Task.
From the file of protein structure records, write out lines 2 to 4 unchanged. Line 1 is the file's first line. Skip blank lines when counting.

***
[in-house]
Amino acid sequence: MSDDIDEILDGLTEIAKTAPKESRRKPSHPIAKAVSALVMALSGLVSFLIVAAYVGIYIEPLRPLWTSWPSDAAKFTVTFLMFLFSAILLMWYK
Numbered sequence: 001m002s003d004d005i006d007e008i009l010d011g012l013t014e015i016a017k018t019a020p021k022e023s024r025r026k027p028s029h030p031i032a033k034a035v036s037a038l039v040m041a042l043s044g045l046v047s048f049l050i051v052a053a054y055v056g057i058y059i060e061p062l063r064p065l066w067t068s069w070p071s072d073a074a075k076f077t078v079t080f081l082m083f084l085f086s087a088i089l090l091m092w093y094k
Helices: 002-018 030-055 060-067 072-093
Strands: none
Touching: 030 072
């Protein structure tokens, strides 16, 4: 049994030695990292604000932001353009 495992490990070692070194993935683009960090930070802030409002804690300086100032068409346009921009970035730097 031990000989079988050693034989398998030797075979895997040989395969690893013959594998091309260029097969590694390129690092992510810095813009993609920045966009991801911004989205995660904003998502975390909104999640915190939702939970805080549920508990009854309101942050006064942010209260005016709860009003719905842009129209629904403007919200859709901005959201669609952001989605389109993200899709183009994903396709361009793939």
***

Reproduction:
Amino acid sequence: MSDDIDEILDGLTEIAKTAPKESRRKPSHPIAKAVSALVMALSGLVSFLIVAAYVGIYIEPLRPLWTSWPSDAAKFTVTFLMFLFSAILLMWYK
Numbered sequence: 001m002s003d004d005i006d007e008i009l010d011g012l013t014e015i016a017k018t019a020p021k022e023s024r025r026k027p028s029h030p031i032a033k034a035v036s037a038l039v040m041a042l043s044g045l046v047s048f049l050i051v052a053a054y055v056g057i058y059i060e061p062l063r064p065l066w067t068s069w070p071s072d073a074a075k076f077t078v079t080f081l082m083f084l085f086s087a088i089l090l091m092w093y094k
Helices: 002-018 030-055 060-067 072-093